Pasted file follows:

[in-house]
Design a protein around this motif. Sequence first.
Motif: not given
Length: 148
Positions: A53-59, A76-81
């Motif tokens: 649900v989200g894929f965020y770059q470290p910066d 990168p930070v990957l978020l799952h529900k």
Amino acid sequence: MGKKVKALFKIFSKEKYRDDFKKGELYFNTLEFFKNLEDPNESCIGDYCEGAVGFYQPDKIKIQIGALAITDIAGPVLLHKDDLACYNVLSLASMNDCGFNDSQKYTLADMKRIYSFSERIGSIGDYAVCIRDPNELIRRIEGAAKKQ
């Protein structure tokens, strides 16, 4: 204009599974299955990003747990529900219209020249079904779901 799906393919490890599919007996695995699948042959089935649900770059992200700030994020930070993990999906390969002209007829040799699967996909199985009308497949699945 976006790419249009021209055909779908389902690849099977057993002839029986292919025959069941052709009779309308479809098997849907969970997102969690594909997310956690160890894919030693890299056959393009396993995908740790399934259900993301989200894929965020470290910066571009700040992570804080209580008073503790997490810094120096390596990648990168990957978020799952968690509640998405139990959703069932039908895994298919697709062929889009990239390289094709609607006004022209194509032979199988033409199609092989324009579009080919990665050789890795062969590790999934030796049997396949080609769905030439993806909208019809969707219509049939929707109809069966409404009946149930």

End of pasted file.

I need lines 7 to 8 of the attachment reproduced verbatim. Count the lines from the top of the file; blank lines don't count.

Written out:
Amino acid sequence: MGKKVKALFKIFSKEKYRDDFKKGELYFNTLEFFKNLEDPNESCIGDYCEGAVGFYQPDKIKIQIGALAITDIAGPVLLHKDDLACYNVLSLASMNDCGFNDSQKYTLADMKRIYSFSERIGSIGDYAVCIRDPNELIRRIEGAAKKQ
């Protein structure tokens, strides 16, 4: 204009599974299955990003747990529900219209020249079904779901 799906393919490890599919007996695995699948042959089935649900770059992200700030994020930070993990999906390969002209007829040799699967996909199985009308497949699945 976006790419249009021209055909779908389902690849099977057993002839029986292919025959069941052709009779309308479809098997849907969970997102969690594909997310956690160890894919030693890299056959393009396993995908740790399934259900993301989200894929965020470290910066571009700040992570804080209580008073503790997490810094120096390596990648990168990957978020799952968690509640998405139990959703069932039908895994298919697709062929889009990239390289094709609607006004022209194509032979199988033409199609092989324009579009080919990665050789890795062969590790999934030796049997396949080609769905030439993806909208019809969707219509049939929707109809069966409404009946149930």